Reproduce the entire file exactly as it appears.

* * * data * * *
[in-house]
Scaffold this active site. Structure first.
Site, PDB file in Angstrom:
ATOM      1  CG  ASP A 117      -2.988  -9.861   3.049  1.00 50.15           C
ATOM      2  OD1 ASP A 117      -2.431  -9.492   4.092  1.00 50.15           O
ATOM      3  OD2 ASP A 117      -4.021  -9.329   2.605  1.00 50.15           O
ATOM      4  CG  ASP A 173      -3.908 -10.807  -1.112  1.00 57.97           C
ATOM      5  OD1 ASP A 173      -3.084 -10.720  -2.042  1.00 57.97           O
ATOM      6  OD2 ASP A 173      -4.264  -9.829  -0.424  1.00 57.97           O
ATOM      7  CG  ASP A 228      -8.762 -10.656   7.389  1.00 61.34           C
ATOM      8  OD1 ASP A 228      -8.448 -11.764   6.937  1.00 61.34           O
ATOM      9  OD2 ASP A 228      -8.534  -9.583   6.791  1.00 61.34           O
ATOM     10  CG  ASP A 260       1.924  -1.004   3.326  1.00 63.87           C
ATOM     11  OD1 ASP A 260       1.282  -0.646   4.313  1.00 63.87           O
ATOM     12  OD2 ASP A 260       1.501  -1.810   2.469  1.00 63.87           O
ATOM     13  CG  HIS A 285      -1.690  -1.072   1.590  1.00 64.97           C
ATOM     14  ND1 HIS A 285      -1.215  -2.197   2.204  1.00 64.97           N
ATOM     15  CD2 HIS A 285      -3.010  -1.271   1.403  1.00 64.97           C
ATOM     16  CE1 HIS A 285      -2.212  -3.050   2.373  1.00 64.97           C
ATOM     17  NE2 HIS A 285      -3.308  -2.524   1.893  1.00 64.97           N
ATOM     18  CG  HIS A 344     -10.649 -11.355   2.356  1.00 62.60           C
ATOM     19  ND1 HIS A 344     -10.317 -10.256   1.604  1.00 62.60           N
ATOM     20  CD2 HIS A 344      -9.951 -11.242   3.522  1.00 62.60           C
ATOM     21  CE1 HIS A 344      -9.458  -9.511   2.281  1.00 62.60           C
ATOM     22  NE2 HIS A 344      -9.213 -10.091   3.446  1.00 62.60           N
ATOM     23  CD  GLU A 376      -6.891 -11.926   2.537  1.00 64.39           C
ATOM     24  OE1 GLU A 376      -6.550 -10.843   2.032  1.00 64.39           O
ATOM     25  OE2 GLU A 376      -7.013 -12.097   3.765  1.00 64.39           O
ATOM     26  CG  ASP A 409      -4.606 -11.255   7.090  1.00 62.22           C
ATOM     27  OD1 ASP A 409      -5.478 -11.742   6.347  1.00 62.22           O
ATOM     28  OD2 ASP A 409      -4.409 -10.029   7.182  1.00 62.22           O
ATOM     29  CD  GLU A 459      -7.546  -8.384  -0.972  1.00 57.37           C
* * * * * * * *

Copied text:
[in-house]
Scaffold this active site. Structure first.
Site, PDB file in Angstrom:
ATOM      1  CG  ASP A 117      -2.988  -9.861   3.049  1.00 50.15           C
ATOM      2  OD1 ASP A 117      -2.431  -9.492   4.092  1.00 50.15           O
ATOM      3  OD2 ASP A 117      -4.021  -9.329   2.605  1.00 50.15           O
ATOM      4  CG  ASP A 173      -3.908 -10.807  -1.112  1.00 57.97           C
ATOM      5  OD1 ASP A 173      -3.084 -10.720  -2.042  1.00 57.97           O
ATOM      6  OD2 ASP A 173      -4.264  -9.829  -0.424  1.00 57.97           O
ATOM      7  CG  ASP A 228      -8.762 -10.656   7.389  1.00 61.34           C
ATOM      8  OD1 ASP A 228      -8.448 -11.764   6.937  1.00 61.34           O
ATOM      9  OD2 ASP A 228      -8.534  -9.583   6.791  1.00 61.34           O
ATOM     10  CG  ASP A 260       1.924  -1.004   3.326  1.00 63.87           C
ATOM     11  OD1 ASP A 260       1.282  -0.646   4.313  1.00 63.87           O
ATOM     12  OD2 ASP A 260       1.501  -1.810   2.469  1.00 63.87           O
ATOM     13  CG  HIS A 285      -1.690  -1.072   1.590  1.00 64.97           C
ATOM     14  ND1 HIS A 285      -1.215  -2.197   2.204  1.00 64.97           N
ATOM     15  CD2 HIS A 285      -3.010  -1.271   1.403  1.00 64.97           C
ATOM     16  CE1 HIS A 285      -2.212  -3.050   2.373  1.00 64.97           C
ATOM     17  NE2 HIS A 285      -3.308  -2.524   1.893  1.00 64.97           N
ATOM     18  CG  HIS A 344     -10.649 -11.355   2.356  1.00 62.60           C
ATOM     19  ND1 HIS A 344     -10.317 -10.256   1.604  1.00 62.60           N
ATOM     20  CD2 HIS A 344      -9.951 -11.242   3.522  1.00 62.60           C
ATOM     21  CE1 HIS A 344      -9.458  -9.511   2.281  1.00 62.60           C
ATOM     22  NE2 HIS A 344      -9.213 -10.091   3.446  1.00 62.60           N
ATOM     23  CD  GLU A 376      -6.891 -11.926   2.537  1.00 64.39           C
ATOM     24  OE1 GLU A 376      -6.550 -10.843   2.032  1.00 64.39           O
ATOM     25  OE2 GLU A 376      -7.013 -12.097   3.765  1.00 64.39           O
ATOM     26  CG  ASP A 409      -4.606 -11.255   7.090  1.00 62.22           C
ATOM     27  OD1 ASP A 409      -5.478 -11.742   6.347  1.00 62.22           O
ATOM     28  OD2 ASP A 409      -4.409 -10.029   7.182  1.00 62.22           O
ATOM     29  CD  GLU A 459      -7.546  -8.384  -0.972  1.00 57.37           C